The IDB's Strategy for Integrated Water Resources Management makes clear its conception of such "modernization," when it states, even in italics: ... The Bank will support and encourage the participation of the private sector and a public sector with fluid and regulatory capacities in all activities and services related to water; as important components of expanded actions for the modernization of sub-sectors of water supply and sanitation, hydroelectric and irrigation, as well as of the sector of water resources as a whole (20).

In this context, as a 1998 ECLAC document indicates,… almost all the governments of Latin America and the Caribbean have announced a policy of increasing private participation in public services related to water… only in some countries The function of managing water supply and sanitation services has been transferred to the private sector, although other functions within these services, of a more technical nature, have effectively been transferred in many countries ... in Latin America there are only four countries in which The main management responsibilities for water-related public services have been transferred to the private sector. Only in one of the four, namely Argentina, have private companies been entrusted with the management of important water supply and sanitation systems (21).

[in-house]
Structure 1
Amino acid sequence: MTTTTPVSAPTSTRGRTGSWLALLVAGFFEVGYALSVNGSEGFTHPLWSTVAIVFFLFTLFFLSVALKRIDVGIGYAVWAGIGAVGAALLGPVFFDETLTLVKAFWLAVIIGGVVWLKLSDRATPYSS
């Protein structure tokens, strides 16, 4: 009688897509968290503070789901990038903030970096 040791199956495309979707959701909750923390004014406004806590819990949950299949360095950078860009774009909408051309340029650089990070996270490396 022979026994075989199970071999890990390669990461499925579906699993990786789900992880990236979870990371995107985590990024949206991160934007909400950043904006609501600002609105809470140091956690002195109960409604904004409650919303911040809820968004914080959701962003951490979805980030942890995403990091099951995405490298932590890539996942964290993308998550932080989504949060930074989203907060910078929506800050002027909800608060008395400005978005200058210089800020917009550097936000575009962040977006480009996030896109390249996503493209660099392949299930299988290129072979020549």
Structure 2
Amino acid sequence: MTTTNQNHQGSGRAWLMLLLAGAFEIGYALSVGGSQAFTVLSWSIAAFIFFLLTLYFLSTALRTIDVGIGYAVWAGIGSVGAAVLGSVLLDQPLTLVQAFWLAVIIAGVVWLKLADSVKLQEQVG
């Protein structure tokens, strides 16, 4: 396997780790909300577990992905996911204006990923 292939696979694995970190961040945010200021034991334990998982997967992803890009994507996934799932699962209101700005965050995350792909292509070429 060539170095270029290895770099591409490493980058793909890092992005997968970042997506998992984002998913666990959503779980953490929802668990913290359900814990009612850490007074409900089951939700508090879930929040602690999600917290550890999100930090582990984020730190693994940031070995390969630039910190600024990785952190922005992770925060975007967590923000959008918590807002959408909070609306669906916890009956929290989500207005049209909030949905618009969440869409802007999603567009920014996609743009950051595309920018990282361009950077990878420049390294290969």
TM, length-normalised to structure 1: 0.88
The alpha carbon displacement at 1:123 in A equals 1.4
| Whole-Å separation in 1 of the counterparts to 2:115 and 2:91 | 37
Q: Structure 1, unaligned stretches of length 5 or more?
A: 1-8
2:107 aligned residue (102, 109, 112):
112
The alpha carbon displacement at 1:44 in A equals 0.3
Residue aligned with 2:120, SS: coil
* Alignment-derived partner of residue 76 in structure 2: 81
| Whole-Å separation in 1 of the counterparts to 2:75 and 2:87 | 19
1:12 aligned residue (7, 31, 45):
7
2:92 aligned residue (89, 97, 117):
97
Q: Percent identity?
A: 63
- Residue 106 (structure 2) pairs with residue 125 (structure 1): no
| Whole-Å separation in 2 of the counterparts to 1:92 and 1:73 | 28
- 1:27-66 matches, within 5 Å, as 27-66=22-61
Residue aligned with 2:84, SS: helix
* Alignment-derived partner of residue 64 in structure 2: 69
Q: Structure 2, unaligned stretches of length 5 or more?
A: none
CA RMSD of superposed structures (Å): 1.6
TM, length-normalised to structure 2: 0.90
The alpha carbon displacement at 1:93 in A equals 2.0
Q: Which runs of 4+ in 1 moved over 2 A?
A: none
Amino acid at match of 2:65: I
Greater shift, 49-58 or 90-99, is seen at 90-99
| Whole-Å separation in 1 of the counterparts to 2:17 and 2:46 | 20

This trend of "opening up to private participation in public services related to water has created many and very different investment opportunities", concludes ECLAC adding, ... the most interesting perhaps is the possibility of taking over the service, either through a direct purchase or concession arrangement, but the opportunities don't stop there. Management contracts can also provide significant opportunities… (22).